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Met Opera's 2023-24 Season to feature Company Premieres of Dead Man Walking, X: The Life and Times of Malcolm X, Florencia en el Amazonas and El Niño

THE METROPOLITAN OPERA’S 2023-24 season will feature new productions of Carmen and La Forza del Destino, as well as the company premieres of Jake Heggie’s Dead Man Walking, Anthony Davis’s X: The Life and Times of Malcolm X, Daniel Catán’s Florencia en el Amazonas and John Adam’sEl Niño, the company announced today.


Next season’s four Met premieres, along with slated revivals of Terence Blanchard’s Fire Shut Up in My Bones and Kevin Puts’s The Hours, mean that one-third of the offerings the company will present next season have been composed within the past four decades. Additional performances will include revivals of works by Verdi, Puccini, Wagner, Gounod, Mozart and Gluck.


On September 26, 2023, the company will open the season with the company premiere of Jake Heggie’s Dead Man Walking. The work, based on the memoir by Sister Helen Prejean, originally premiered at San Francisco Opera in 2000. The Met premiere will star Joyce DiDonato at Sister Helen and bass-baritone Ryan McKinney as the death-row inmate Joseph De Rocher; the new production by Ivo van Hove will also feature Latonia Moore as Sister Rose and mezzo-soprano Susan Graham as De Rocher’s mother. Music director Yannick Nézet-Séguin will conduct the performances.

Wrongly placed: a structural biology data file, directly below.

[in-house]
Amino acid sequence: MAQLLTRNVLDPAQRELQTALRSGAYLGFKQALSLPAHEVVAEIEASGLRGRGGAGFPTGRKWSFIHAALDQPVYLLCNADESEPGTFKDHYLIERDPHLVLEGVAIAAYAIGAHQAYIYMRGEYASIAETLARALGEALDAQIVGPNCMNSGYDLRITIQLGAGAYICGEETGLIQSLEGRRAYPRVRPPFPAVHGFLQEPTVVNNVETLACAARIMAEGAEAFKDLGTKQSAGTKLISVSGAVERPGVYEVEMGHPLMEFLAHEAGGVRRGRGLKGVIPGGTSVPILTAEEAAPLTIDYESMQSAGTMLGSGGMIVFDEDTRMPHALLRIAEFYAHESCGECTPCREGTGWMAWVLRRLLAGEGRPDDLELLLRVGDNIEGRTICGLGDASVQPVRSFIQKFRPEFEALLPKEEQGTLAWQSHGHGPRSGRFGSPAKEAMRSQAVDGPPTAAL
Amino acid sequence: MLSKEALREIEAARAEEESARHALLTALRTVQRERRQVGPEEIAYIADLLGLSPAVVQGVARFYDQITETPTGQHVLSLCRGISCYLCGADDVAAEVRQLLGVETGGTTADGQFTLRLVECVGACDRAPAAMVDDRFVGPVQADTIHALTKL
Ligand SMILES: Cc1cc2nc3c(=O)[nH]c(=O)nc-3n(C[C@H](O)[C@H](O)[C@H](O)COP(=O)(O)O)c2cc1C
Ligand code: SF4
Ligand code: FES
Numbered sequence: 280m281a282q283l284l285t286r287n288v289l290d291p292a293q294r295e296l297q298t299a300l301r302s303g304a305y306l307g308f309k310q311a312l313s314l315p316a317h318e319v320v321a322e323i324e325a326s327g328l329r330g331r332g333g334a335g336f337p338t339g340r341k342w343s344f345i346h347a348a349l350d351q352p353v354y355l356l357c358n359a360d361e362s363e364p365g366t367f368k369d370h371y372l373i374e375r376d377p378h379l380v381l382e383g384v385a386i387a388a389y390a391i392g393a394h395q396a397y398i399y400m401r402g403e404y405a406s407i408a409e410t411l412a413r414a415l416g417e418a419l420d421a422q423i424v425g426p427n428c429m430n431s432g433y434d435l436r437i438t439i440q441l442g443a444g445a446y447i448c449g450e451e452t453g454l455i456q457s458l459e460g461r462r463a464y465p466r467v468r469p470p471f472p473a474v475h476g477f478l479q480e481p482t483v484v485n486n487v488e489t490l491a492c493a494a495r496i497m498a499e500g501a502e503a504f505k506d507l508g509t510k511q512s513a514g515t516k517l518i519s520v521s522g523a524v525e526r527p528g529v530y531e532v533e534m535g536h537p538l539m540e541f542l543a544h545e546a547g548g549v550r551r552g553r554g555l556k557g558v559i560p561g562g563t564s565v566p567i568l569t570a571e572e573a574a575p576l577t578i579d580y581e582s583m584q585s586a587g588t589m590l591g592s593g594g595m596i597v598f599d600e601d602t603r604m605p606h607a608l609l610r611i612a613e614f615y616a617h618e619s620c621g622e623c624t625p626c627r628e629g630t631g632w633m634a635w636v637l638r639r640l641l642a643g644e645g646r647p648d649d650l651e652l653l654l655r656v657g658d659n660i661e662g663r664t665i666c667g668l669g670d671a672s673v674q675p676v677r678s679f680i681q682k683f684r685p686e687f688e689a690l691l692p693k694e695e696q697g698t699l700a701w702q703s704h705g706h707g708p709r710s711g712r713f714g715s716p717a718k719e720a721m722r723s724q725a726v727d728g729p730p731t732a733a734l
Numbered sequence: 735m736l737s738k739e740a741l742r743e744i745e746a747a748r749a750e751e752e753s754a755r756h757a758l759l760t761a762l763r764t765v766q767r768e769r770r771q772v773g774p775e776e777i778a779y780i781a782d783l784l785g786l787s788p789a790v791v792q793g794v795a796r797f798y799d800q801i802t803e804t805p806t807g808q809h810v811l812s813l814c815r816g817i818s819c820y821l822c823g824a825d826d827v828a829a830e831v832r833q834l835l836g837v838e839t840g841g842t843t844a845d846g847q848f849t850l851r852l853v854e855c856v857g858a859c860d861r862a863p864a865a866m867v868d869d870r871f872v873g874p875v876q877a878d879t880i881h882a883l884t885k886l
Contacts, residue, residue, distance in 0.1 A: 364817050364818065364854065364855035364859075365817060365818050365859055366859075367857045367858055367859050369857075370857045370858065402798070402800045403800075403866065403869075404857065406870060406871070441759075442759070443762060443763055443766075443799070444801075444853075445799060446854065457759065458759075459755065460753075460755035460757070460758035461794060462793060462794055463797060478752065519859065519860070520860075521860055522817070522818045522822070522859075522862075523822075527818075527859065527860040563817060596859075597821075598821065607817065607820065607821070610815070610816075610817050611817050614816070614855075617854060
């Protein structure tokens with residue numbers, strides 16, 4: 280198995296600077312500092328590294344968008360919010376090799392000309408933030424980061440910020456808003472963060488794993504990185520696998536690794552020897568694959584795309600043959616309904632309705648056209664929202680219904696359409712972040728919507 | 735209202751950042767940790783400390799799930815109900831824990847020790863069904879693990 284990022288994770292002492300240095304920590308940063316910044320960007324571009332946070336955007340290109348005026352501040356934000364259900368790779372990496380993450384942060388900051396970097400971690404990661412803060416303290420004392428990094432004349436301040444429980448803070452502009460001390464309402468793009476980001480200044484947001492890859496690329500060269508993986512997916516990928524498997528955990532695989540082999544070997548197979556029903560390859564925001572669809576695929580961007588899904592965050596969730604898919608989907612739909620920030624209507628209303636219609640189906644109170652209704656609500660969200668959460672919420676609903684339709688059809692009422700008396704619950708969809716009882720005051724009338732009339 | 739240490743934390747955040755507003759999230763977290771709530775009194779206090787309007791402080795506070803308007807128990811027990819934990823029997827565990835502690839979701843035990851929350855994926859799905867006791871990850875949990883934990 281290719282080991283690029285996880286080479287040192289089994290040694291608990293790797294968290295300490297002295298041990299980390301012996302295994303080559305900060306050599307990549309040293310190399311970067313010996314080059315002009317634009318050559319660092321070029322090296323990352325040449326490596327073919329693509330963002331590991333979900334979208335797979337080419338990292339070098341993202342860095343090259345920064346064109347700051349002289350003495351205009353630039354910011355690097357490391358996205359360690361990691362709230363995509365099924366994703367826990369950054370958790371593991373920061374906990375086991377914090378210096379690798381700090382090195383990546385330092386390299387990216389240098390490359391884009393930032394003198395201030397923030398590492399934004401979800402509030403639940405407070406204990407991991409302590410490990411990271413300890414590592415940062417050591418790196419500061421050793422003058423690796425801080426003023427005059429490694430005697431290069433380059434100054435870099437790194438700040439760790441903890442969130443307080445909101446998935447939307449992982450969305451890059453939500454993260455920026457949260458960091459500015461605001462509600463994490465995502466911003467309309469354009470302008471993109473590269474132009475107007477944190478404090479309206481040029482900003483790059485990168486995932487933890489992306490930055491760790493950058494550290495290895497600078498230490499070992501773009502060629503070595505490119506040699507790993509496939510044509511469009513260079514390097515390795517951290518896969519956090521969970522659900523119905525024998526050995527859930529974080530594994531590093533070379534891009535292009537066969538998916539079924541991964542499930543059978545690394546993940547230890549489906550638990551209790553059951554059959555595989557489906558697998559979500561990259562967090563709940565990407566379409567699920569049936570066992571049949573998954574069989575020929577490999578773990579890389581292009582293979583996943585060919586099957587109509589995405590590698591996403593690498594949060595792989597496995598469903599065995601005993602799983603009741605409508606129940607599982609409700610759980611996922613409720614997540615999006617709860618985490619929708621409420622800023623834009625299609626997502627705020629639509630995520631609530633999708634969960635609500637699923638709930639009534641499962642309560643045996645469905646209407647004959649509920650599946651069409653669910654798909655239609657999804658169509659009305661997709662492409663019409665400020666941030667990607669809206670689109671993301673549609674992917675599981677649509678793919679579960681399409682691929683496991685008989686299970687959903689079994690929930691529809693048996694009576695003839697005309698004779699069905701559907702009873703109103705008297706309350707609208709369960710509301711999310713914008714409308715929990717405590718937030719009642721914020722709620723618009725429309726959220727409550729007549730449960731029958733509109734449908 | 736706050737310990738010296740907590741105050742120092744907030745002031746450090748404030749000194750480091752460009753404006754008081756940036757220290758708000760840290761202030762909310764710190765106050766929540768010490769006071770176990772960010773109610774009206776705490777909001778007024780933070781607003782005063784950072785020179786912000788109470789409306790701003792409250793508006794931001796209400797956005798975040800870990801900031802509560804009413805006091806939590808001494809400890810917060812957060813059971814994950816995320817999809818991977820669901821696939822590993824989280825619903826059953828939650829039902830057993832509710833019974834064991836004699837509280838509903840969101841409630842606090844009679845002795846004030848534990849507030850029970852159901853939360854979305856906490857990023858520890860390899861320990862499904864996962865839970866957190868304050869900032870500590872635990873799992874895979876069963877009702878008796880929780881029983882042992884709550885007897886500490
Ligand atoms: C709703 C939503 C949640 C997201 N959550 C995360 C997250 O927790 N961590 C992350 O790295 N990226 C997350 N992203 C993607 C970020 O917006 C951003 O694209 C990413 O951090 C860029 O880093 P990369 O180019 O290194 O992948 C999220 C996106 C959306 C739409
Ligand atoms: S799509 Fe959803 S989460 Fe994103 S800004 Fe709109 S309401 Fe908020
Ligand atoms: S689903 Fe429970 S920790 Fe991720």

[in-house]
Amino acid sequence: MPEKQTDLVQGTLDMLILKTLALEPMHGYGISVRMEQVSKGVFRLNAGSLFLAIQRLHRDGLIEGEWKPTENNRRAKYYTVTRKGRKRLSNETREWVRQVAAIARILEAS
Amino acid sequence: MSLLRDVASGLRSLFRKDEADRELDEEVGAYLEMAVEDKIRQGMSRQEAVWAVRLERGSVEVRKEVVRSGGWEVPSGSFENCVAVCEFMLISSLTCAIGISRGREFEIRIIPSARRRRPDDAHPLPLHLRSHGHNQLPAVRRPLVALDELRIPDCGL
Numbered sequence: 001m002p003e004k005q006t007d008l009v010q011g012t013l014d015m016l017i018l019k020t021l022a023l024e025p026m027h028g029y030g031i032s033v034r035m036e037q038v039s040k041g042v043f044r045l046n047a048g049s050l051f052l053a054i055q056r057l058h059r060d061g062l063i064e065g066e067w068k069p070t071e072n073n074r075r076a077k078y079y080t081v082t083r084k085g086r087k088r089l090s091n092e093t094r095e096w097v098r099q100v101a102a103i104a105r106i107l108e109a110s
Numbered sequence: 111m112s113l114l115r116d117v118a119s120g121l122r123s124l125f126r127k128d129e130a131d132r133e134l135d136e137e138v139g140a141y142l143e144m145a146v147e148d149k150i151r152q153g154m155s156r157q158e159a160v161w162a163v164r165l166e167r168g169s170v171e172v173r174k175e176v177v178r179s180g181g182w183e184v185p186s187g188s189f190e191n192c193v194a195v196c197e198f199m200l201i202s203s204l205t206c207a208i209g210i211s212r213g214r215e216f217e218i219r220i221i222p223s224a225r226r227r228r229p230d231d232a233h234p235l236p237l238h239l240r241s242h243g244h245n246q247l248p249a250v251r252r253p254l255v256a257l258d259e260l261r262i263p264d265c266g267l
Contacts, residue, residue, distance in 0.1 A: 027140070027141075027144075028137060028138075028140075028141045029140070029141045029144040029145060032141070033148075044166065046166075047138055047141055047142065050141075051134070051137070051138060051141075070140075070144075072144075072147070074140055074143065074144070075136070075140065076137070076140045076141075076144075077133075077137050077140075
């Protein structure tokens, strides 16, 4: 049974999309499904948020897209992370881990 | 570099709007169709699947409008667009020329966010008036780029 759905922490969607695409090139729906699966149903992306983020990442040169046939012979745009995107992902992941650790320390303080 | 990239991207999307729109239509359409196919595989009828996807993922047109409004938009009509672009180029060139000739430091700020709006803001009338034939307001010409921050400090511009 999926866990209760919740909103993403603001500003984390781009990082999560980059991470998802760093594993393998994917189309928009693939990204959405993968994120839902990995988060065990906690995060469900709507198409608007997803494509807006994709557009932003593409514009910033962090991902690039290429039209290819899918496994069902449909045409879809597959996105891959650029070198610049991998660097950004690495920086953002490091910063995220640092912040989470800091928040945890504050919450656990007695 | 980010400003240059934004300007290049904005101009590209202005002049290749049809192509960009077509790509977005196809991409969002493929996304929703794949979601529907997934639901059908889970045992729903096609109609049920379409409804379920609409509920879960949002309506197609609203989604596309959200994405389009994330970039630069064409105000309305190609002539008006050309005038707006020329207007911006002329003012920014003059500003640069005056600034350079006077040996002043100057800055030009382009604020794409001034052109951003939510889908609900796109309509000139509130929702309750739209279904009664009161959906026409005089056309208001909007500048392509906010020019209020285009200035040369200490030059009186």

A new production of Anthony Davis’s X: The Life and Times of Malcolm X, which first premiered in 1985, will take the Met stage in November in a new staging by Tony-nominated director Robert O’Hara. Kazem Abdullah will conduct a newly revised score, which will be performed by baritone Will Liverman in the title role, soprano Leah Hawkins as Louise, mezzo-soprano Rehang Bryce-Davis as Ella, bass-baritone Michael Samuel as Reginald and tenor Victor Ryan Robertson as National of Islam leader Elijah Muhammad.